EWEB has joined 10 other Western utilities are to help ensure clean energy resources will be adequate to serve the growing demand in the region, while also managing costs and maintaining reliability for customers.Find Out More
November 01, 2021
If the coronavirus pandemic defined the year 2020, climate change would summarize 2021. We've heard stories of devastation from across the globe, including record floods, landslides, hurricanes, and storms. Here in Oregon, we've endured massive wildfires, deadly heat waves, and extreme droughts.
Over the next two weeks, leaders from around the world will meet at the United Nation's 26th Conference of the Parties (COP26) in Glasgow, Scotland, to commit to reducing the catastrophic effects of climate change.
COP26 is an important follow-up to the 2015 Paris Agreement, which outlines a plan to prevent the planet from warming more than 1.5oC. At COP26, each nation will present its unique strategies to accomplish the promises made in the Paris Agreement.
It's being called "the world's best last chance to get runaway climate change under control."
The United States, the State of Oregon, and the City of Eugene each have defined their own climate goals, as well. As a public utility, EWEB represents the interests of our community, and works in partnerships with the City of Eugene, the University of Oregon, local nonprofit organizations and businesses, and our customers - our constituents - to reduce our community's carbon footprint, conserve energy, and manage costs of service.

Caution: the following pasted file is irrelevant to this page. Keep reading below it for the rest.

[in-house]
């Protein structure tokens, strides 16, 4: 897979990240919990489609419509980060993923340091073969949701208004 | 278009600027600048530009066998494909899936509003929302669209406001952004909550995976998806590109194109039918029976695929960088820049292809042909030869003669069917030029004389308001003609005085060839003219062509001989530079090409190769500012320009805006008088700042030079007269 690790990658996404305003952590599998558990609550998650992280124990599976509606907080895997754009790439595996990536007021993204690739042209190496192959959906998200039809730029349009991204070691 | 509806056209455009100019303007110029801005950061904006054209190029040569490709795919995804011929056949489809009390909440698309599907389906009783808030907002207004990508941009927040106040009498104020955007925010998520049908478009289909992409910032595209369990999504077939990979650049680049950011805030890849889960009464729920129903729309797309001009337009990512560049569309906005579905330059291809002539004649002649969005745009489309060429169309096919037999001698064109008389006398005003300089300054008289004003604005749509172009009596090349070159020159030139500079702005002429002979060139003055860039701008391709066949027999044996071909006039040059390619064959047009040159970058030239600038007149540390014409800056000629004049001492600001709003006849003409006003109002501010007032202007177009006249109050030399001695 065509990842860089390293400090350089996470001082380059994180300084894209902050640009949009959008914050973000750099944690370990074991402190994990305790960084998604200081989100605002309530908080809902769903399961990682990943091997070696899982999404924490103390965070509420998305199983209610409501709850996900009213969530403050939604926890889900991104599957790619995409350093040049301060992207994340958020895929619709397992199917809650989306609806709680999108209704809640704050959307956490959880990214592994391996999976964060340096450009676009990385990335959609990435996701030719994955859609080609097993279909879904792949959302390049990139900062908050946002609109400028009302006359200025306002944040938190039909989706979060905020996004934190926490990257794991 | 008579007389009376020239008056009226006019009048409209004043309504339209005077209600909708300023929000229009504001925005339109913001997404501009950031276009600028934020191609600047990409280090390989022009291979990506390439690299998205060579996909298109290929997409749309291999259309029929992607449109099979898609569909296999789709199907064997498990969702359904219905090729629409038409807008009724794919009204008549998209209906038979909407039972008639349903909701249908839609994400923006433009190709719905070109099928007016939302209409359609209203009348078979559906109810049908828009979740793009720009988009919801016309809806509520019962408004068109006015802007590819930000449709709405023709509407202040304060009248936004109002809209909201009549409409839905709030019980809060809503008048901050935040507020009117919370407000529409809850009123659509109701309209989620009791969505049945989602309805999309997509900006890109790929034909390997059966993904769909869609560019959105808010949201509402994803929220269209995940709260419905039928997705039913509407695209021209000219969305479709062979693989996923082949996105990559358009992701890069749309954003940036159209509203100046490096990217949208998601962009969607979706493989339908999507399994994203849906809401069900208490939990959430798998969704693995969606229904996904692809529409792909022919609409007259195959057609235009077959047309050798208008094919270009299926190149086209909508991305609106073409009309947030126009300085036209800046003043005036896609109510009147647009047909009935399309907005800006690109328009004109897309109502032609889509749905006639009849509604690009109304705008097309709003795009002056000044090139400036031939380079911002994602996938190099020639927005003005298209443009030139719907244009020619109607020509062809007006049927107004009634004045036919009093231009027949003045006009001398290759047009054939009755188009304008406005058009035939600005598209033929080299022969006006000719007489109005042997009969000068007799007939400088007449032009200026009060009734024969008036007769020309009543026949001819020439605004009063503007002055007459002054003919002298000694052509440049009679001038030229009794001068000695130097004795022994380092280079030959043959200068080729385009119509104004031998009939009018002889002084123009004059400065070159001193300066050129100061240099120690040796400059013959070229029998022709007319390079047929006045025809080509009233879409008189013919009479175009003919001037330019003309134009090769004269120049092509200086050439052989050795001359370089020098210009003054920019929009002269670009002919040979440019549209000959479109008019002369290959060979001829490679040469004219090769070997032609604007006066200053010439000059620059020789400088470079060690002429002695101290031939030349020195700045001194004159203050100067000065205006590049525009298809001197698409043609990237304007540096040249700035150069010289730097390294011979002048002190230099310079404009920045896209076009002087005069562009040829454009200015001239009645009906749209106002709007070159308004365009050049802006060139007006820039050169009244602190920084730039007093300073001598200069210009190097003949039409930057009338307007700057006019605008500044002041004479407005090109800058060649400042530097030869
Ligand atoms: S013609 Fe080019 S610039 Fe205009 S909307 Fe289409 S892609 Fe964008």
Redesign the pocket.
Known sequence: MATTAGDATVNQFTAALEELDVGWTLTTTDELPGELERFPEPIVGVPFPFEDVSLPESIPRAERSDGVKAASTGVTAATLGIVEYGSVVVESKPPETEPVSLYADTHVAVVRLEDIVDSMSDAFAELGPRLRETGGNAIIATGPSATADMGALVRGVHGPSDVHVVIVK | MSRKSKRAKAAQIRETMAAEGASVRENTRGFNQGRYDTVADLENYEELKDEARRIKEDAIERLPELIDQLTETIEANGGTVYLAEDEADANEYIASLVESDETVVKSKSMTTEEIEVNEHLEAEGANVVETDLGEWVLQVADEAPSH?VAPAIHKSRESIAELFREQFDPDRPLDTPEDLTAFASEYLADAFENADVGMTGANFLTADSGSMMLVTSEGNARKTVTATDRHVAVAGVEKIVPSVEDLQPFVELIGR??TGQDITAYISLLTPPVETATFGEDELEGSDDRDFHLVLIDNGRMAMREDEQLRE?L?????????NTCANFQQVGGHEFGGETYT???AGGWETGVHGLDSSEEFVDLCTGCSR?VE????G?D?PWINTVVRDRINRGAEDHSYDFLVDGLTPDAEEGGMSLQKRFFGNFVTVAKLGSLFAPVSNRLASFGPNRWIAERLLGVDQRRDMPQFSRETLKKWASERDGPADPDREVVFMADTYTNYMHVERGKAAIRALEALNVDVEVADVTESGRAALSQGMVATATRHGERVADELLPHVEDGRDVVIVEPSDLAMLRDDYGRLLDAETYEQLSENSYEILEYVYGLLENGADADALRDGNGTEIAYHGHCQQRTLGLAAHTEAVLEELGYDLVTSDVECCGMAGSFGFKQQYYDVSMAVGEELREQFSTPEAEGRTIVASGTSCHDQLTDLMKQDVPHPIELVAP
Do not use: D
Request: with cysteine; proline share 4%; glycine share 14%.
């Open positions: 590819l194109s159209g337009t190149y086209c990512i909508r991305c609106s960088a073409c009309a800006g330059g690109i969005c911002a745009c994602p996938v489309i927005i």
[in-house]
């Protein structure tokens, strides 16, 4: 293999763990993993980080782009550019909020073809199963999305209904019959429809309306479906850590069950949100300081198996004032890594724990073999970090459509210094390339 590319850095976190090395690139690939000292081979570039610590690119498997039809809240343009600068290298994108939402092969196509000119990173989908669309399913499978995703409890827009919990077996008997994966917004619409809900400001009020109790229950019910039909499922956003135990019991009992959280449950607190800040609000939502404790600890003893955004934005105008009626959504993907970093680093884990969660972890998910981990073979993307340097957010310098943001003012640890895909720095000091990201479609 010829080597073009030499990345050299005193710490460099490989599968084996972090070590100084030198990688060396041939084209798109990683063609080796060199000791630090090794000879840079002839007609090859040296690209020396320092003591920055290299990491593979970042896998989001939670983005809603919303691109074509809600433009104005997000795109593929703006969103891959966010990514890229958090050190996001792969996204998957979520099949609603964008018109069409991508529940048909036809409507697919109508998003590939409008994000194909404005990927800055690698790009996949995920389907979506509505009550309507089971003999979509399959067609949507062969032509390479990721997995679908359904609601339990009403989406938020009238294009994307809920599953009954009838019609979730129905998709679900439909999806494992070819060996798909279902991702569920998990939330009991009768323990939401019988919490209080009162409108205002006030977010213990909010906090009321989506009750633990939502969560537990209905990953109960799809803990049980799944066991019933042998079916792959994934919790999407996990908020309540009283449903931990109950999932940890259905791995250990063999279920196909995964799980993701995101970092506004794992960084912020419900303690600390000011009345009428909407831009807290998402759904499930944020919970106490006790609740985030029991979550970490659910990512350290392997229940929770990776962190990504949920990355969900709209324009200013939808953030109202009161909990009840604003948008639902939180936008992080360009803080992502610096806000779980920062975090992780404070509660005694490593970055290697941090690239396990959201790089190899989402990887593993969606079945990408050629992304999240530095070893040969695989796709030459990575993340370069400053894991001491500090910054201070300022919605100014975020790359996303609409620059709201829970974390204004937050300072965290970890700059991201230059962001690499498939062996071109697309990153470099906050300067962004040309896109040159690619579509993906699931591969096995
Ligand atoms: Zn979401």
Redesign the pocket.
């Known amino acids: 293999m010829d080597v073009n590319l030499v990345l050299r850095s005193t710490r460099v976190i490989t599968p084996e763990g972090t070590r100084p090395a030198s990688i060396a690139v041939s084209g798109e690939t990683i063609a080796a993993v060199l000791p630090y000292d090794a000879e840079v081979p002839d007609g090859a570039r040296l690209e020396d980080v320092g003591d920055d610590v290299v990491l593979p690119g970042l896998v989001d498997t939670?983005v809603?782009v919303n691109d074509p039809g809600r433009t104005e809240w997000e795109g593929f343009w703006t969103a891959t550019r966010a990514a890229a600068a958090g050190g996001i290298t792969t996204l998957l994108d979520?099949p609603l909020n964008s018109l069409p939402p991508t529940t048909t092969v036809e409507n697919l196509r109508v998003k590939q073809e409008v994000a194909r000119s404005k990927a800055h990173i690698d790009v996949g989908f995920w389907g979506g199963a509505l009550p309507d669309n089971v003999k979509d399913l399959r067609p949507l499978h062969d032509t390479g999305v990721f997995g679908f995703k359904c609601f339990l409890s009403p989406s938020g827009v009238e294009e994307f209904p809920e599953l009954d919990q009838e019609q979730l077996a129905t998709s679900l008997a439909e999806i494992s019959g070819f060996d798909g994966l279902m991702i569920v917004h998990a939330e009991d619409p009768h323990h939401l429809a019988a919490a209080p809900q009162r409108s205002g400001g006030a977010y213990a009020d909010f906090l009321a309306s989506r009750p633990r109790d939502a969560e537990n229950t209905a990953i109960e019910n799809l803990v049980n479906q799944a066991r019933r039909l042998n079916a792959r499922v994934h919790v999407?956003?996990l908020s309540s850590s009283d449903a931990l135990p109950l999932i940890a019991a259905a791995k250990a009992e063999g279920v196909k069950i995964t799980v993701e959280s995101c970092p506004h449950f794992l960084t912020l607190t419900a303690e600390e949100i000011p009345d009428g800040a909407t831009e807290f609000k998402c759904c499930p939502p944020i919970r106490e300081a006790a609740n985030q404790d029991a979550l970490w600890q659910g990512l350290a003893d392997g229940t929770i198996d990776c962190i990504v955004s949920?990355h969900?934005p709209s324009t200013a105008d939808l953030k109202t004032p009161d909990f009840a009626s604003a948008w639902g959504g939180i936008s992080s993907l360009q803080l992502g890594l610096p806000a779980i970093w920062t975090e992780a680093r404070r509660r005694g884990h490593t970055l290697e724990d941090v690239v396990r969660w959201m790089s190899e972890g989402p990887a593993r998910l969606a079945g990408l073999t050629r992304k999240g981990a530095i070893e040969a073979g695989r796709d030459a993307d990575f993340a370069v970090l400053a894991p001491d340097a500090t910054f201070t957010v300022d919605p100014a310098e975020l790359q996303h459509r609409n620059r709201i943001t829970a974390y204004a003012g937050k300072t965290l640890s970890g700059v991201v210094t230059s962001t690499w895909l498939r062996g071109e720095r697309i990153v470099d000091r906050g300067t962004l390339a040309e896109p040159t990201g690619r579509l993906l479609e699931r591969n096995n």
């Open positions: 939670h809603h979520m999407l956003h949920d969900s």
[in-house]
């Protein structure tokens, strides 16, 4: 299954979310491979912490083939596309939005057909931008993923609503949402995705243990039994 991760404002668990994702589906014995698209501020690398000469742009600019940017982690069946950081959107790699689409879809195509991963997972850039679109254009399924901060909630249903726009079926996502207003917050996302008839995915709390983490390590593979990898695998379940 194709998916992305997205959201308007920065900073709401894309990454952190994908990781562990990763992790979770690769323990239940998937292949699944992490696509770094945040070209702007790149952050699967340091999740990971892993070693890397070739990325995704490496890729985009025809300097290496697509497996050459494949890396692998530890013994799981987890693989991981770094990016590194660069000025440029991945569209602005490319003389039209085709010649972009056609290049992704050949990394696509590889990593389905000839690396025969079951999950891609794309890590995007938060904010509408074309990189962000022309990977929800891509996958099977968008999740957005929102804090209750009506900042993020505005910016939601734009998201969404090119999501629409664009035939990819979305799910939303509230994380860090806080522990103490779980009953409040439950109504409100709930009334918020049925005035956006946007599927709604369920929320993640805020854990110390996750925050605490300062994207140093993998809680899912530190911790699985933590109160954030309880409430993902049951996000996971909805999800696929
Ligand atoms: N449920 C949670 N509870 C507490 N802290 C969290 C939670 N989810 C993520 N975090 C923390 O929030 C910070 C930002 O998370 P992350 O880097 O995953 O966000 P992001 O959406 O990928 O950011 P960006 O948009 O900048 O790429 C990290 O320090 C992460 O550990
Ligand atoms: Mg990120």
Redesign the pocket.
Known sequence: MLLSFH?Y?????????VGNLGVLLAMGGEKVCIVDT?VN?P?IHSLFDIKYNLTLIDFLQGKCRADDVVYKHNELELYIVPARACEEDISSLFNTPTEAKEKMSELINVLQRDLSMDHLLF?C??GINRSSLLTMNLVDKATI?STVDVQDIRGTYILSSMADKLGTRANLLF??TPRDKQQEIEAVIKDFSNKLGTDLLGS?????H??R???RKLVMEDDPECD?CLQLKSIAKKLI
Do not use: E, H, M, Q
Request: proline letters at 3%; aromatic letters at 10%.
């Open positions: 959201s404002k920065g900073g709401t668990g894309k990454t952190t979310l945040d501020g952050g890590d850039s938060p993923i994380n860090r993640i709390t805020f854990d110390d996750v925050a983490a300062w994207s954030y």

In fact, EWEB's five elected commissioners approved a Climate Change Policy for EWEB in 2018. In it, the Board recognizes that climate change presents ongoing environmental, economic, and social risk to EWEB, our customers, our community, and the world. There are four areas in which EWEB recognizes its role in combating climate change, and one acknowledging the climate's impacts on EWEB business:
Commissioners revisited EWEB's Climate Change Policy at the November 2021 Board Meeting.
As a community, we have made some inspiring progress towards cutting our emissions. EWEB has helped customers earn millions of dollars in rebates on their energy efficiency investments. Every day we see more and more electric vehicles on our streets. According to the City of Eugene's Community Greenhouse Gas Inventory, the we have decreased the carbon emissions of our buildings by "51% due to an increase in the share of low-carbon intensity electricity production generated or purchased by EWEB."
Throughout the next two weeks, while world leaders deliberate at COP26, we'd like to remind our community about our collective successes and how far we've come along together. While there is still much work to be done, by identifying clear, concrete actions we can all take, we can help create small victories that propel our momentum.
Follow along as we report some of our victories, share some exciting news about new programs and projects, and provide you with opportunities to take direct action to reduce your carbon footprint, cut down on your energy use and save money.